Changing face of India's acid attack survivors

Ms Shabnam Alvi, 29, pulls up an old photo of her on the phone. She was 15 when it was taken. With her hair cascading over her right shoulder and flawless skin, the teenage Ms Alvi tilts her head slightly in the picture and rests her chin on her right hand.

But instead of fondly recollecting her younger self, Ms Alvi disowns the girl in the picture. “I am not this person. This is who I am,” she said, pointing at her disfigured face, without a wince of regret in her voice.

In 2005, her former employer threw acid on her face, disfiguring it beyond recognition. He was angry that she had rejected his sexual advances.

Following the attack, Ms Alvi confined herself to her house for seven years so that outsiders would not see her face. “I spent those years as if this world was not made for me,” she said.

But today, empowered by her family’s support and a job at a cafe in Agra that employs acid attack survivors, she asserts her identity with confidence as well as pride.

“My life ahead is one that I have to live to the fullest. I don’t have to break the courage I have put together,” she added.

The fortitude of Ms Alvi, like many other acid attack survivors who have reclaimed their honour, is the subject of a new Bollywood release, Chhapaak. The film is based on the life of Ms Laxmi Agarwal, a survivor who, undeterred by an assault on her, went as far as the Supreme Court to secure justice.

Following her public interest litigation in 2006, the court issued a number of important orders, including amending the Indian Penal Code to introduce a section that deals exclusively with acid attacks and asking for a strict regulation on acid sales.

Still, such attacks continue, largely because of the easy availability of acid, which is often used as a toilet cleaner, and a poor record of prosecuting perpetrators.

There were 240 victims of acid attacks in India in 2018, according to government data, a slight decline from 252 in 2017. The actual number of victims could be much higher. “There are many who are still scared to come out,” said Ms Bala Prajapati, 24, another survivor who works at Sheroes’ Hangout, the cafe in Agra. “They too should come out and fight for their rights, like we have.”

Ms Prajapati has a role in the new film; she plays one of the friends of the main character, portrayed by actress Deepika Padukone, and hopes it will have a positive effect on how people perceive survivors.

“Many don’t even know that acid can ruin a girl’s life.”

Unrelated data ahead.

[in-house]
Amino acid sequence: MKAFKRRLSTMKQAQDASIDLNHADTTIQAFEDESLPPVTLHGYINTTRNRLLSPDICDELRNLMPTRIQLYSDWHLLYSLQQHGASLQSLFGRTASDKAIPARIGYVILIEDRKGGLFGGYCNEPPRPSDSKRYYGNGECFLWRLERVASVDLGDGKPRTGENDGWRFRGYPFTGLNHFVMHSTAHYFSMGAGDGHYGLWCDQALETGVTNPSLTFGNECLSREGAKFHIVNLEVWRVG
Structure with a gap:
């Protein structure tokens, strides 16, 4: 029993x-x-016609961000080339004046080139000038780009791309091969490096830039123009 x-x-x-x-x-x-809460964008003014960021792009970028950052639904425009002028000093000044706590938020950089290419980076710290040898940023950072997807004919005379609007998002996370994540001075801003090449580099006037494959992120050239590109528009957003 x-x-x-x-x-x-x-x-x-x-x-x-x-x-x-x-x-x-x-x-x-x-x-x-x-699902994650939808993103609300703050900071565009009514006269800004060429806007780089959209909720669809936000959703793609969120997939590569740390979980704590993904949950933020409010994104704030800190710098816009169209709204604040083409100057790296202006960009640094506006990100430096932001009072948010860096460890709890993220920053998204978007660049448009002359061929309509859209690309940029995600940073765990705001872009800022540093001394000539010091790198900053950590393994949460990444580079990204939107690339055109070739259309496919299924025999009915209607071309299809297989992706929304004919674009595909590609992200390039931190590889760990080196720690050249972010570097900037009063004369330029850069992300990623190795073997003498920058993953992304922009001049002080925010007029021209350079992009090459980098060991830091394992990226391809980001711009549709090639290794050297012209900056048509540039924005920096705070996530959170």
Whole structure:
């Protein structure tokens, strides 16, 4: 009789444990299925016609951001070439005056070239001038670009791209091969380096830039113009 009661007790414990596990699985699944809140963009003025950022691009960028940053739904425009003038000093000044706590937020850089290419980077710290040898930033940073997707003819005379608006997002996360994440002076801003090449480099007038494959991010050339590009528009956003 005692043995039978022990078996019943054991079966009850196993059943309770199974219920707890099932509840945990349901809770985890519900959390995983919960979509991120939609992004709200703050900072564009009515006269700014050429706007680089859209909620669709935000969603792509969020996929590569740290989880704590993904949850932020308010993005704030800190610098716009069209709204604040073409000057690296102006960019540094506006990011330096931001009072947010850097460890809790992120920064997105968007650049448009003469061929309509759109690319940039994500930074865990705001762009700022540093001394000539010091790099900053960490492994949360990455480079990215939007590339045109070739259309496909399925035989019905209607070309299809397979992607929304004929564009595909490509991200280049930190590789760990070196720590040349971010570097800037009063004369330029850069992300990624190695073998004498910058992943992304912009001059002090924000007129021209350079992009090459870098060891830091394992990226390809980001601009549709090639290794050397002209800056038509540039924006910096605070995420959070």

Since the attack on her in 2012, Ms Prajapati has undergone 12 operations, including skin grafts, nose and eyelid reconstruction and a hair transplant. This has cost her family far more than the 500,000 rupees (S$9,500) compensation she received from the state in 2016.

Mr Ashish Shukla, the director of Chhanv Foundation, which runs the cafe in Agra along with another one in Lucknow, said survivors can often be suicidal and need extensive support that the state has thought little about.

“Beyond treatment, they need counselling, along with education and vocational training, to empower them and take their lives forward,” he told The Sunday Times during an interview at the cafe, which employs nine survivors.

Those here like Ms Prajapati and Ms Alvi are fortunate to have the support of their families and an organisation like Chhanv. Many others do not; in 2016 a teenage acid attack victim in the state of Bihar committed suicide by clutching a live electric wire.

A majority of the victims are women from lower socio-economic backgrounds, who are mostly attacked by spurned stalkers or fall victim to family rivalries.

Ms Rukaiya Khatun, 34, another worker at the cafe, distinctly remembers the words the man she had refused to marry hurled at her along with the acid.

“You won’t be mine but I will ensure you don’t belong to another person,” he had said.

For many men, steeped in patriarchy, a woman exercising her right to choose is an affront that is difficult to accept.

Perpetrators of acid attacks are to be punished with a term not less than 10 years but realities can play out differently on the ground. It took Ms Daulat Bi Khan, a 36-year-old Mumbai-based survivor, five years after she was attacked in 2010 to have her perpetrators punished.

Although they were sentenced to 10-year jail terms, they managed to secure bail in just four months, despite a Supreme Court directive that makes acid attacks a non-bailable offence.

“I suffered a lot of pain. My feet would squirt blood… Yet, I skipped treatment to hire lawyers so that my attackers are punished,” she said, her voice still seething with rage over the phone from Mumbai.

“Death is an easy punishment for them. They need to be given life imprisonment without bail so that they pine for the world outside,” added Ms Khan, who is the founder and president of the Acid Survivors Saahas Foundation.

Securing the court-mandated compensation too is often difficult, according to her. “It’s a lifetime of struggle that is handed out to us. We get pushed around in courts and hospitals,” she said, adding that survivors need to be given a government job. “People do not employ us because of the way we look.”

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